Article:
Southmoreland board agrees to $563K contract to repair Russ Grimm Field
A contract has been awarded, and the process to replace Russ Grimm Field can begin.
Southmoreland School Board directors voted on Thursday on a contract that involves $555,000 for a turf surface supplied by Shaw Sports Turf of Pittsburgh, to be installed by Vasco Asphalt of Massillon, Ohio; $1,000 for digging a trench and placing a gravel base to allow for the installation of Jersey barriers to help divert water; and $7,000 for an electrical conduit to run under the surface, which will bring power to the scoreboard side of the field for the permanent installation of 25-second play clocks and other various items that might need power.
Insurance will cover $448,557 of the $563,000, leaving $114,443 to be picked up by the district.
However, Don Defurio of Defurio, Mongell and Associates, the district's insurance carrier, said he is working to reduce that number.
“We are on top of this, and we'll do everything we can to make it better for the school,” Defurio told the board on Thursday.
Superintendent John Molnar said the money the district will have to pay could be covered by a bond refinancing.
“We're going to recoup about $501,000 if we do a single bond issue,” Molnar said after the meeting. “Capital improvements are an allowable expense, so that's an option the board has.”
Torrential storms in August destroyed Russ Grimm Field, rendering it unusable for fall sports and other activities. A complete replacement of the field turf surface, which was installed in 2006, is necessary.
The motion passed on a 7-1 vote with School Director Ken Alt voting against it. School Director Aimee Love was not in attendance.
“I'm a sports guy, but in good conscience I can't vote for it,” Alt said.
Shaw Sports was one of six companies that presented bids for the new surface, each of which made their sales pitches at a public forum on Tuesday in the middle school library. Area high schools whose fields the company has been involved with include Thomas Jefferson, Penn-Trafford, Norwin and Gateway, as well as seven National Football League teams.
Mark Scheller of Eckels Group, architect of the project, told the board that there were features of what Shaw offered that he believes were right for the new surface.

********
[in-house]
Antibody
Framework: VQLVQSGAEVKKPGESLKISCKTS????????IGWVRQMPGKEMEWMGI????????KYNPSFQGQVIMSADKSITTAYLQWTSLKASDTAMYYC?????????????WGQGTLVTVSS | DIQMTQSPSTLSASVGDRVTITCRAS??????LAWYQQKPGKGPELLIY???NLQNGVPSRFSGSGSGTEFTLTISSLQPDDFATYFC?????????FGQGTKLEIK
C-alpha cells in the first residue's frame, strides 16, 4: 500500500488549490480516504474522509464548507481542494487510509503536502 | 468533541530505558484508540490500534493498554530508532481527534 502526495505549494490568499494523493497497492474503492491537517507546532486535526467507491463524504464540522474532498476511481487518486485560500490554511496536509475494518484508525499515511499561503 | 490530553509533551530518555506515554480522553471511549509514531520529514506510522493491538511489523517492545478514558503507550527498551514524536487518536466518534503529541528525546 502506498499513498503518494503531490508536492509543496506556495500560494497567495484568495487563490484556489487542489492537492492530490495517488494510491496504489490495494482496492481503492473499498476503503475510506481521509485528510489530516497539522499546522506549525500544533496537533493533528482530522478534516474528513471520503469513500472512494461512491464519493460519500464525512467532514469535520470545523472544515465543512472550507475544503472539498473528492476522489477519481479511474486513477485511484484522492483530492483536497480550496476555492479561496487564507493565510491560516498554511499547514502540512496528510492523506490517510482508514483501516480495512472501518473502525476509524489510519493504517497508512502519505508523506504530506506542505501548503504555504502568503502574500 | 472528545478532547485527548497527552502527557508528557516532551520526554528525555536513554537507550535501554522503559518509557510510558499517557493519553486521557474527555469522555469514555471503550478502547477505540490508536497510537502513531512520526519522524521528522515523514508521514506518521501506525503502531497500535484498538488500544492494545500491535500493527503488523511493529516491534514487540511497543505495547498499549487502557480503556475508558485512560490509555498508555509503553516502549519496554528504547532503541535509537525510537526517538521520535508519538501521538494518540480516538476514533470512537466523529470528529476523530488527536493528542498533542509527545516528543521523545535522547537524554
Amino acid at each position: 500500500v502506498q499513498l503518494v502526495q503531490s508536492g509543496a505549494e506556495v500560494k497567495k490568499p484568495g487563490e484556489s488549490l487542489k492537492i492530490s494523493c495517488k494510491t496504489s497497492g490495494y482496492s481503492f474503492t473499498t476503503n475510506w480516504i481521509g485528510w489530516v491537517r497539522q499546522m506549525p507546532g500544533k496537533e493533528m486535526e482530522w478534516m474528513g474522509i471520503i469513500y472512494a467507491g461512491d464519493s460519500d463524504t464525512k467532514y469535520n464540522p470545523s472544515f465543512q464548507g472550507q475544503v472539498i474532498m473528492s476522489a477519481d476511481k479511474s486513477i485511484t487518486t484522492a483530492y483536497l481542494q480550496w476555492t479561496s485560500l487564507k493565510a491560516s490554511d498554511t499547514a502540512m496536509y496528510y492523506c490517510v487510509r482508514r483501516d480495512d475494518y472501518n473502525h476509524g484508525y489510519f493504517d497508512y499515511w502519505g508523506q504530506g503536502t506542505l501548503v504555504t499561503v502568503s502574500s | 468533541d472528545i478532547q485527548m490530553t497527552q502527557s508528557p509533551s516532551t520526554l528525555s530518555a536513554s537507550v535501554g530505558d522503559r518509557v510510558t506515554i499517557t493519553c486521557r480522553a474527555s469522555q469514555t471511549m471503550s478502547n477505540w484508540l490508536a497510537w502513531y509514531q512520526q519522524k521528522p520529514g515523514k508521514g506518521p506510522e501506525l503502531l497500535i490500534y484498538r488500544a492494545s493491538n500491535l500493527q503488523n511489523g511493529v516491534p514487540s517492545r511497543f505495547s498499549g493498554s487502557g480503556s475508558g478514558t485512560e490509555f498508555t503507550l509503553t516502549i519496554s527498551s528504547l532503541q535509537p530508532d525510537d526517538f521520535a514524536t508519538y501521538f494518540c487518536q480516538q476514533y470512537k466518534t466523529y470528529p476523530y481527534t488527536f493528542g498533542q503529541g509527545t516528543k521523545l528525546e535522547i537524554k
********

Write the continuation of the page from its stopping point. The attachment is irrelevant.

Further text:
These include a blended fiber and a surface that is a mixture of 30 percent sand and 70 percent rubber.
“The strand is much better, increasing the safety factor of the turf,” Scheller said of the blended fiber. “It's more durable. It's going to allow for longer use of that field.”
Having sand in the turf surface also helps the field's durability, he said.
Molnar believes the district was in a good place with the project, even though it could have to pick up the tab for about $100,000.
He explained that these turf surfaces last for only about 10 years and the district was only a few years away from needing a new field, which would have carried a price tag of about $500,000 to $600,000.
“In 2016 or (2017), the district would have to expend ($500,000) or $600,000 to replace that turf,” Molnar said, adding that the district would have to pay only about $100,000 or so for a field that should last until about 2025.
“This is a wonderful opportunity for the district,” Scheller said.
The district's hope is that the field will be completed and ready for use by May 23 — something Shaw and all of the companies involved in the bidding process said they would be able to handle.
Paul Paterra is a staff editor for Trib Total Media. He can be reached at 724-887-6101 or firstname.lastname@example.org.
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